R. T. Van Horn & Co., Publishers.*

Sunday, July 10, 1870.

     The river is falling slowly, business on the levee dull.  The W. J. Lewis left for St. Louis yesterday morning, with a good trip.  The Silver Bow, from Omaha, passed down in the forenoon.  The Elkhorn, for St. Joe, passed up in the forenoon.  The W. B. Dance, of the Star line, will arrive this morning and leave in the evening.  The Glasgow, of the "O" line, should have been here to-day, but she broke some of her machinery in backing out from the wharf at St. Louis, and had to go to the bank for repairs. She is now choking a stump at the ways.  The Cornelia will be town Tuesday with another cargo of Chinamen -- 500 in number -- who are going South to work in the cotton fields.

    An itinerant organ grinder is at present charming the denizens of the Southern part of the city with his mellifluous wheezings.

     The Planter's House at t he Junction of Main an d Delaware streets, has been refitted and furnished and is now open to the public, with Mr. Henry L. Foot as proprietor.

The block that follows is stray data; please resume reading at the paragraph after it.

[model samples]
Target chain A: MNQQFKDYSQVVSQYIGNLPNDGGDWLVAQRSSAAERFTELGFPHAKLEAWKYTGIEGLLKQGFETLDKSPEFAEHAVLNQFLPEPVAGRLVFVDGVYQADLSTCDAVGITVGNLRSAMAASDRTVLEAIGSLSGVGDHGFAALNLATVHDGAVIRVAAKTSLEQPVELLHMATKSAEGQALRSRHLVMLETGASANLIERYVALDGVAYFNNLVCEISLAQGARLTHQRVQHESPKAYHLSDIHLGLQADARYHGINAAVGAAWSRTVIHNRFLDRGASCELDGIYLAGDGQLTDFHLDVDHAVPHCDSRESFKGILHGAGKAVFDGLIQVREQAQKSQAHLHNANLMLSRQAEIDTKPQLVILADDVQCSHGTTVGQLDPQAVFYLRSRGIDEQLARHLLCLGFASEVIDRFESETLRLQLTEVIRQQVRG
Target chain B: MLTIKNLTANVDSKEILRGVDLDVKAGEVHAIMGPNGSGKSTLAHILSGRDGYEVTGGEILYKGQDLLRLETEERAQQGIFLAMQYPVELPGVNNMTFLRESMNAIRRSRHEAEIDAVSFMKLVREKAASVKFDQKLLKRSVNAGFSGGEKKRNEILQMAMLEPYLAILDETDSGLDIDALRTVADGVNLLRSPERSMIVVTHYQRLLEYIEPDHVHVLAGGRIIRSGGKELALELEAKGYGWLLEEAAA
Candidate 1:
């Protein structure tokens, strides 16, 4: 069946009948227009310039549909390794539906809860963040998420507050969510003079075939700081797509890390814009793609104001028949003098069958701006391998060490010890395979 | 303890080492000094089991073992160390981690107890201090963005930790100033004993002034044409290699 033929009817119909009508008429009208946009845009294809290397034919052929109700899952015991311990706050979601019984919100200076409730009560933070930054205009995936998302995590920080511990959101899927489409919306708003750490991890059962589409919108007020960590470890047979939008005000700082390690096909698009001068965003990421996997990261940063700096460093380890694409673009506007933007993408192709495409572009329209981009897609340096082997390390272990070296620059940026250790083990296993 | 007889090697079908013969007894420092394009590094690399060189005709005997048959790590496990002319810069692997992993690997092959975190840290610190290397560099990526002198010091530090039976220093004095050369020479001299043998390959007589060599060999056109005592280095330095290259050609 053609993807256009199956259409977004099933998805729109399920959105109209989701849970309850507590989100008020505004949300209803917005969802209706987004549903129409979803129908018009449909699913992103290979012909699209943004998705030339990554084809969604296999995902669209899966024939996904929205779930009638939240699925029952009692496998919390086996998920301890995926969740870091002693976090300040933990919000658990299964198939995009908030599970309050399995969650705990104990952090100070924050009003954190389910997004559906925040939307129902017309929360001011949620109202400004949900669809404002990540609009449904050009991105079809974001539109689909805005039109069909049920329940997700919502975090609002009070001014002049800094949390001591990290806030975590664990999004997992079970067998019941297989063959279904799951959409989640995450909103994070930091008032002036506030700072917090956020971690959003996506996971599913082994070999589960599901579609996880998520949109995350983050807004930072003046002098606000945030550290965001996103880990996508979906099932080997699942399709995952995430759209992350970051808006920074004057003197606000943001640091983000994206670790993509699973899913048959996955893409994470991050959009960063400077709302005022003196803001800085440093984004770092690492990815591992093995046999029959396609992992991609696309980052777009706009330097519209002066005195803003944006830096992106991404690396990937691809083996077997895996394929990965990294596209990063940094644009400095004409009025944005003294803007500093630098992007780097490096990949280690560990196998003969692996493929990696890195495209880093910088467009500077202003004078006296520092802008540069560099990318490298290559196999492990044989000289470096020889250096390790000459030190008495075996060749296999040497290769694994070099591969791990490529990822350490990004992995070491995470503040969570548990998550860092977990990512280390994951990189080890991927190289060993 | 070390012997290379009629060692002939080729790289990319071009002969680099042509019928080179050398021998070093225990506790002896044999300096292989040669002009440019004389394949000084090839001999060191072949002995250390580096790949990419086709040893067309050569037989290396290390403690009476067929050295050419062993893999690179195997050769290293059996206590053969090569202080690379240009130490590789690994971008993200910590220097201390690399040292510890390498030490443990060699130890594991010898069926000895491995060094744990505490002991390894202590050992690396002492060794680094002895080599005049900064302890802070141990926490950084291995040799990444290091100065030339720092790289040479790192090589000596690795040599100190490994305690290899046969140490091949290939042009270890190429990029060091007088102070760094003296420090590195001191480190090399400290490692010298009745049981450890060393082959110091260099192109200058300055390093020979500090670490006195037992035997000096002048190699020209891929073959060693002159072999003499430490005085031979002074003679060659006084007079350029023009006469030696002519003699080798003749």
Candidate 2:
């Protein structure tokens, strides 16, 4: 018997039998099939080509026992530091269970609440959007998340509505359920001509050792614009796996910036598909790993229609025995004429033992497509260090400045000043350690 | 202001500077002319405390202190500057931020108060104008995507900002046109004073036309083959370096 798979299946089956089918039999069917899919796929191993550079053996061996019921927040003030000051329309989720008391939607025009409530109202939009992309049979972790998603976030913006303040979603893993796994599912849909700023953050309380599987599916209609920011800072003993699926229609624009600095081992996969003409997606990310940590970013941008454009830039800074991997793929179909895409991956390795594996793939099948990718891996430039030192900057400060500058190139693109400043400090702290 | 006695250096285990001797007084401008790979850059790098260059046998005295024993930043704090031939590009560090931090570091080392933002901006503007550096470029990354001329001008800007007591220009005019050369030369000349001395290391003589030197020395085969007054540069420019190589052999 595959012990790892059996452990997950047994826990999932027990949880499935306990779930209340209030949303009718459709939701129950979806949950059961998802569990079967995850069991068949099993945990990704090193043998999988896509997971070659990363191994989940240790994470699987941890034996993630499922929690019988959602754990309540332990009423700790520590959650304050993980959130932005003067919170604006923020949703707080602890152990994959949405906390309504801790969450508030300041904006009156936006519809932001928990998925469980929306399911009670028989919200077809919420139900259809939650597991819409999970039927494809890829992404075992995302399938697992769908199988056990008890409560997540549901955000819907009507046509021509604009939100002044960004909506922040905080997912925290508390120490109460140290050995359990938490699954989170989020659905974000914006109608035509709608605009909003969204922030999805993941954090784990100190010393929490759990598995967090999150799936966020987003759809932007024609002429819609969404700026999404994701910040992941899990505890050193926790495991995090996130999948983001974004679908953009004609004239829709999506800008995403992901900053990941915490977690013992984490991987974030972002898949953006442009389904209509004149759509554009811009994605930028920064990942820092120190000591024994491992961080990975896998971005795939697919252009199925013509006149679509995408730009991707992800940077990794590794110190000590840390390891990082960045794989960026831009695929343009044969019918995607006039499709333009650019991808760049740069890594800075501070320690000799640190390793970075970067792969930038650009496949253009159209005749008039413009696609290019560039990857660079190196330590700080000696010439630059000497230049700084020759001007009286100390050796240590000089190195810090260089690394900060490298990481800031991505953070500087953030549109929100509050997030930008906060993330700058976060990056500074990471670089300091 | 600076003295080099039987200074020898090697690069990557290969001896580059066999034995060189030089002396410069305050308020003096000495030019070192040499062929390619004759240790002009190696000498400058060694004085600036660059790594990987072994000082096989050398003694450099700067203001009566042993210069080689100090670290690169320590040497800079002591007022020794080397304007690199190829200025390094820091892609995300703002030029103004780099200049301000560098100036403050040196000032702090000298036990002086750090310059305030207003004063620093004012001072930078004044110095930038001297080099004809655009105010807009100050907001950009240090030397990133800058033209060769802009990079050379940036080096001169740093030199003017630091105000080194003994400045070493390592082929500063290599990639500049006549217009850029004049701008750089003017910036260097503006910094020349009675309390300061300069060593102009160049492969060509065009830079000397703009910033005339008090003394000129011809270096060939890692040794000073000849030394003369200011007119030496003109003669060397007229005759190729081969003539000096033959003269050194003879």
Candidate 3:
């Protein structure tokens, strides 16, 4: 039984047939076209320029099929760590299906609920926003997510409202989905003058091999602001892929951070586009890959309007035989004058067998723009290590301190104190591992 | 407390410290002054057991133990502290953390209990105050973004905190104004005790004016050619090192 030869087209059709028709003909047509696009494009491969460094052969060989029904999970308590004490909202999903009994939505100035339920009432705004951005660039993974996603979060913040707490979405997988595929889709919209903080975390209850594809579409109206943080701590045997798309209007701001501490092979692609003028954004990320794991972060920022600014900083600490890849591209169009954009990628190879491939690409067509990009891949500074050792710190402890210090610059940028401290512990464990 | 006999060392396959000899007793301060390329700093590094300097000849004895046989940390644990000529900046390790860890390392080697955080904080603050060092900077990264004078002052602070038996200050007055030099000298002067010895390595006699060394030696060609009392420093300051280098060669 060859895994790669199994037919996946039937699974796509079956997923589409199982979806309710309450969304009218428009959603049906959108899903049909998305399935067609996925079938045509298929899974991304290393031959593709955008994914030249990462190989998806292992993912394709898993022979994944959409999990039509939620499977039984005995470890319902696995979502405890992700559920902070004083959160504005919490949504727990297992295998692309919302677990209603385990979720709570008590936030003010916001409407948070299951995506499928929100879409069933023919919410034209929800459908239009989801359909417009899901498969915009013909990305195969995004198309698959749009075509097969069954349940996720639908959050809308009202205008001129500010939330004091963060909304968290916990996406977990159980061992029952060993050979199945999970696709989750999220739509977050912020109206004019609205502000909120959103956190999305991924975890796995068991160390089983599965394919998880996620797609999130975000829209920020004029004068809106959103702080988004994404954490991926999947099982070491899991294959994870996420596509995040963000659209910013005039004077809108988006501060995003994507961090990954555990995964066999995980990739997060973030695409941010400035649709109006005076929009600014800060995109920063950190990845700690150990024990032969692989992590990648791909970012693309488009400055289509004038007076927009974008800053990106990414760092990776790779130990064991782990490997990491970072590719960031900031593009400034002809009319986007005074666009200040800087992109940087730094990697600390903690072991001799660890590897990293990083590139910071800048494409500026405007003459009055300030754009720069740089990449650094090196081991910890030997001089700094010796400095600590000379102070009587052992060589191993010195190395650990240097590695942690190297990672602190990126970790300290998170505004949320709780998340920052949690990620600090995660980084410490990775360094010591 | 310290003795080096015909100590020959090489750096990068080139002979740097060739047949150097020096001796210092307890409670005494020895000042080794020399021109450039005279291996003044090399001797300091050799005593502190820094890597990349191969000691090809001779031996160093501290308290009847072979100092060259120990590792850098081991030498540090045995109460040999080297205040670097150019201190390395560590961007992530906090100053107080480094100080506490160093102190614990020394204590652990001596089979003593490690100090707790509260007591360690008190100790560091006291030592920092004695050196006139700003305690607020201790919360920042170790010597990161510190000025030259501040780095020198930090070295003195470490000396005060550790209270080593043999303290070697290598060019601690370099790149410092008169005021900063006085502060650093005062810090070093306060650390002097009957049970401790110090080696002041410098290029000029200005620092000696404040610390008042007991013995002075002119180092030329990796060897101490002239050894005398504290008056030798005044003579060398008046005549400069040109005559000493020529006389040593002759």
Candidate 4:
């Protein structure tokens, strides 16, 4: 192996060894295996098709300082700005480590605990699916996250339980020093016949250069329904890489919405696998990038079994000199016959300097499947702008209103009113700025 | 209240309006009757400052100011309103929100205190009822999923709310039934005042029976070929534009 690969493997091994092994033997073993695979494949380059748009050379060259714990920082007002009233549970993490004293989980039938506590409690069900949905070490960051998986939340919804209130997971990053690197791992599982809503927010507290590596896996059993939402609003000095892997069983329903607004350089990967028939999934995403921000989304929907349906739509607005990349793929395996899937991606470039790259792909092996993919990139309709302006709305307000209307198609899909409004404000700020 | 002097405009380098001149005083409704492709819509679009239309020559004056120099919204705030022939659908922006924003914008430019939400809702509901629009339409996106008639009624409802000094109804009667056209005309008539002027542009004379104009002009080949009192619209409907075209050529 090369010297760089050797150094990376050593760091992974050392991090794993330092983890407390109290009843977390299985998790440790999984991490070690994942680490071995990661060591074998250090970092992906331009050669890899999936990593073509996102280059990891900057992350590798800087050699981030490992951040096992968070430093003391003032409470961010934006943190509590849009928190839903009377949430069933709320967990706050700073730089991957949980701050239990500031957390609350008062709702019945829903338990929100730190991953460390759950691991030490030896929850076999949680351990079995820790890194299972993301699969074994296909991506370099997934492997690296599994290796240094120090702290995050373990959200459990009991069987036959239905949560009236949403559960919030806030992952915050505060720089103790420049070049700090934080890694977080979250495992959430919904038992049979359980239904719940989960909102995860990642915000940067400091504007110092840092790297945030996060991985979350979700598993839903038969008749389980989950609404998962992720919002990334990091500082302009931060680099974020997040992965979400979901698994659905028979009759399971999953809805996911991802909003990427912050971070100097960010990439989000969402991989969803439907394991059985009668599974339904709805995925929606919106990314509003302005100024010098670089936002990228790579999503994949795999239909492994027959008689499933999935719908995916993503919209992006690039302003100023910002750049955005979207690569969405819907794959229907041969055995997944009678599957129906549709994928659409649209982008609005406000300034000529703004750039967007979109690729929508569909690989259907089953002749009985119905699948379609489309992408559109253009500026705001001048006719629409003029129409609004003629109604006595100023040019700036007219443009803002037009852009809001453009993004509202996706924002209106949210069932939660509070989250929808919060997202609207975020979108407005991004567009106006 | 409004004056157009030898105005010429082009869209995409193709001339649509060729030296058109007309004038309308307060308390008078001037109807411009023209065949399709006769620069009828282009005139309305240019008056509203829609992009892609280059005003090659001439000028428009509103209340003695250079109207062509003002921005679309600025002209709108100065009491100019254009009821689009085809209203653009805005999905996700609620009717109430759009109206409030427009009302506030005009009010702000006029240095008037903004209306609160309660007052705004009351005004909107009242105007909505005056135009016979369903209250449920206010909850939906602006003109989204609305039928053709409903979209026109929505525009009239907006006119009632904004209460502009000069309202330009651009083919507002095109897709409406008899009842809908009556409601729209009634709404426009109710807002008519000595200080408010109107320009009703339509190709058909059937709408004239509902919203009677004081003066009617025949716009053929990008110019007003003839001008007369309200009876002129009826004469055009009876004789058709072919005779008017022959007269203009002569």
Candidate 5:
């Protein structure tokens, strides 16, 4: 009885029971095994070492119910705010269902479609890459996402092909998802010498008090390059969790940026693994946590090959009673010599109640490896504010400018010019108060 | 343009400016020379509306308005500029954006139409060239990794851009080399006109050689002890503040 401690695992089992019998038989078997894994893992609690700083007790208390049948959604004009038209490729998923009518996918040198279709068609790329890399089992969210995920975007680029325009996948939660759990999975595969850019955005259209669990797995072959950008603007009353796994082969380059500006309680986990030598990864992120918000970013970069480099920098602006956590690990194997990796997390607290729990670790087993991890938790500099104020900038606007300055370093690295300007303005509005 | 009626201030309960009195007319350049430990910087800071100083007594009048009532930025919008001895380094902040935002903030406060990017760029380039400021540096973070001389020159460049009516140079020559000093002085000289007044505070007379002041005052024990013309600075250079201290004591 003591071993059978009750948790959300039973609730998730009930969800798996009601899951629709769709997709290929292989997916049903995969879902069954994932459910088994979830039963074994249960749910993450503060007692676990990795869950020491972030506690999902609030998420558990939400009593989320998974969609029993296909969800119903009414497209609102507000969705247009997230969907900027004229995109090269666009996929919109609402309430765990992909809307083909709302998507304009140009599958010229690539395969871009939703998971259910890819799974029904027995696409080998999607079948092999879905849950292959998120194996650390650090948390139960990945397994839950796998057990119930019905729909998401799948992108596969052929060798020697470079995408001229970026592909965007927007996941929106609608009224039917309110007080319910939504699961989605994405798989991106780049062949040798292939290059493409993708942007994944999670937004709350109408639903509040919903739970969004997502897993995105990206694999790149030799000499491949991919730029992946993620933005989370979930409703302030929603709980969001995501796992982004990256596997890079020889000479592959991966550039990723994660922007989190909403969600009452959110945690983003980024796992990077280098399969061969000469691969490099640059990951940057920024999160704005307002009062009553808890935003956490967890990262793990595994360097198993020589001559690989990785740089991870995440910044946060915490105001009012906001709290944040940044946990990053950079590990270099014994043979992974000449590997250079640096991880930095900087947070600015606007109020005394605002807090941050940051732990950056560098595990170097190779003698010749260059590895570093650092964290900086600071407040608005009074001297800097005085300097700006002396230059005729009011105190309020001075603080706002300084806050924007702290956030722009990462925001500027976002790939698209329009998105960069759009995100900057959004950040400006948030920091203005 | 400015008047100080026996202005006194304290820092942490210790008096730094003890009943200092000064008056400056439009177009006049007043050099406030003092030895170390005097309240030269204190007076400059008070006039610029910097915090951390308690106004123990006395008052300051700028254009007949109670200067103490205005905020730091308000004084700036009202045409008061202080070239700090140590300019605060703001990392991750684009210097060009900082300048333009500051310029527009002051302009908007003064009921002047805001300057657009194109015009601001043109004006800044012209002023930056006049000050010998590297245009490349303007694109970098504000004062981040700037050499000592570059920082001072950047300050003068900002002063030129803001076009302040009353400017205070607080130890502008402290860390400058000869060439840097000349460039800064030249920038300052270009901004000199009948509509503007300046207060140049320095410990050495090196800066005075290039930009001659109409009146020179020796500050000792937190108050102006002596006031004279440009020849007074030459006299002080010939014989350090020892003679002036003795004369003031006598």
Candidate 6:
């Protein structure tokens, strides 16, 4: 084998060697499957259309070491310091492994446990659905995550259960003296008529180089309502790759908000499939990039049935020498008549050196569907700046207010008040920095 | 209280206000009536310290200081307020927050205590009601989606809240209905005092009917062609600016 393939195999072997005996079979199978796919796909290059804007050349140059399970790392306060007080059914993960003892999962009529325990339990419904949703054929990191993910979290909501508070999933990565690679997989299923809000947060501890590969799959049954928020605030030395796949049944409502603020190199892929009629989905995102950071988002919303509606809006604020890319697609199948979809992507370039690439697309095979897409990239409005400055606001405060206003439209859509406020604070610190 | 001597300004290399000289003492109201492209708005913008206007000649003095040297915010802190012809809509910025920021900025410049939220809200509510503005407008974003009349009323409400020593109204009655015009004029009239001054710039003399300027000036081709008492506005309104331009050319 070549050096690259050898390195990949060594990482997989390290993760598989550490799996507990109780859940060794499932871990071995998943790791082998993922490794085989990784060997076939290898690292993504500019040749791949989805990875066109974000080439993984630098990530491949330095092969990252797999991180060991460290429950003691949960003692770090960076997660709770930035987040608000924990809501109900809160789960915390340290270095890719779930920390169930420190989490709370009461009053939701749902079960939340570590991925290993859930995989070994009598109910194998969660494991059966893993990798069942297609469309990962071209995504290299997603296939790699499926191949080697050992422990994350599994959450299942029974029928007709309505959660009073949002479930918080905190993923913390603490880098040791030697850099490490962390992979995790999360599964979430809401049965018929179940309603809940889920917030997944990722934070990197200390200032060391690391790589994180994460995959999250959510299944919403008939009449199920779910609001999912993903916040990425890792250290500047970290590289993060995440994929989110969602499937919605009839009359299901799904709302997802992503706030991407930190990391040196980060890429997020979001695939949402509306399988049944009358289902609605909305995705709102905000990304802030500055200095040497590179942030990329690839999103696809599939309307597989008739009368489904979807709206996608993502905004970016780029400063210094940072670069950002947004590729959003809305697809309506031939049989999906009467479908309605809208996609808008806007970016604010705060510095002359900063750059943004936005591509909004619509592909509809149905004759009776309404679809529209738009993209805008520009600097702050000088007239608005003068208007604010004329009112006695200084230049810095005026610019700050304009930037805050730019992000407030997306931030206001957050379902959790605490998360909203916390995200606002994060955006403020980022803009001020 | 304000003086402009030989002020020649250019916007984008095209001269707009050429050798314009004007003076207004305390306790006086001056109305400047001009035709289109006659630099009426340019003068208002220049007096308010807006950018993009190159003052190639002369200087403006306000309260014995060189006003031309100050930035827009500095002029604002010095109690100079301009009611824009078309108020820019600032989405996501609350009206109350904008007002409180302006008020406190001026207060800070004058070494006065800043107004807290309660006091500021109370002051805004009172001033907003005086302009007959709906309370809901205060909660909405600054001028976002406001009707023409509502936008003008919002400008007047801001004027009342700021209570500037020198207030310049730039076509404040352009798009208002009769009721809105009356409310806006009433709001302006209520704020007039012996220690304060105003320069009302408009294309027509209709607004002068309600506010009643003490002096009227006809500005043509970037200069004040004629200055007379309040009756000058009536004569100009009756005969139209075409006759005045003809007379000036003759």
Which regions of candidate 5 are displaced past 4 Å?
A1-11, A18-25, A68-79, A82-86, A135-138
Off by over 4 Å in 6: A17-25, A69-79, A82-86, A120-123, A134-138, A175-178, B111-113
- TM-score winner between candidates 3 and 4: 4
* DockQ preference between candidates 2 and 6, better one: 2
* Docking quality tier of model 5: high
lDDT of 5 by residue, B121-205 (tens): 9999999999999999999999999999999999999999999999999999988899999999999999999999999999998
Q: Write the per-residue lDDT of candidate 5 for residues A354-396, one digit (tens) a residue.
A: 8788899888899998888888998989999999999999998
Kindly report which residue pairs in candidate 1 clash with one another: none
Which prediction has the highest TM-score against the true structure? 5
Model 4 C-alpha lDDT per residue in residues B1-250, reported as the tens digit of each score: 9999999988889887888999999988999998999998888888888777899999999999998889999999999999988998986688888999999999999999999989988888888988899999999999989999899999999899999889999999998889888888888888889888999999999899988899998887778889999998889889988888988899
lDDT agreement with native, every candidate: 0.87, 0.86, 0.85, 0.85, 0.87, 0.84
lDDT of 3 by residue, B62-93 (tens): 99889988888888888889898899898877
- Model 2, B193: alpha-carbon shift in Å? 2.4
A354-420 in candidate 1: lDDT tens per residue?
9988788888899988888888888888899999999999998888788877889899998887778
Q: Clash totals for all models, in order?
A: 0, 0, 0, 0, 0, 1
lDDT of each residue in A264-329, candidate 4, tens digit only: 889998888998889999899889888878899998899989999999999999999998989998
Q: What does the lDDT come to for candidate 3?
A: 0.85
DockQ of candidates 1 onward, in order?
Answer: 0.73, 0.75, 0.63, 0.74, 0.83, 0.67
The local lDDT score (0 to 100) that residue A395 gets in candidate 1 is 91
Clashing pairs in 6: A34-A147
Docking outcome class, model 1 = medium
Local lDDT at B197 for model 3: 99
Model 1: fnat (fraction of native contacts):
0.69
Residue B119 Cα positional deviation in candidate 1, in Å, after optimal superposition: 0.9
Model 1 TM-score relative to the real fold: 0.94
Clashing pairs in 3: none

At Independence the "Glorious Fourth" opened with a profusion of fire works and fire water.  A runaway team smashed a wagon and killed one horse.  The Independence Cornet Band gave a picnic which was sell attended; the Leavenworth party expected at the grounds failed to attend.  Only one fight so far as heard from, and that too trifling to deserve mention.  Mr. Fowler, the brewer, while loading his pistol for use against a belligerent neighbor, accidentally shot his little girl.  She is now said to be in no danger.

     Friday afternoon Thomas, a little son of Mr. Samuels, who lives on New Delaware street between 14th and 15th streets, fell into a cistern on his father's premises, which was left open, and was drowned.  It is supposed that he met with the accident about 2 o'clock, but his body was not found until seven in the evening.  The child's mother accidentally found the body by going to the cistern to draw water for filling the kettle preparatory to making tea.  This sad accident should be an admonition to those who have such dangerous traps as uncovered cisterns to secure them against repetitions of this distressful occurrence.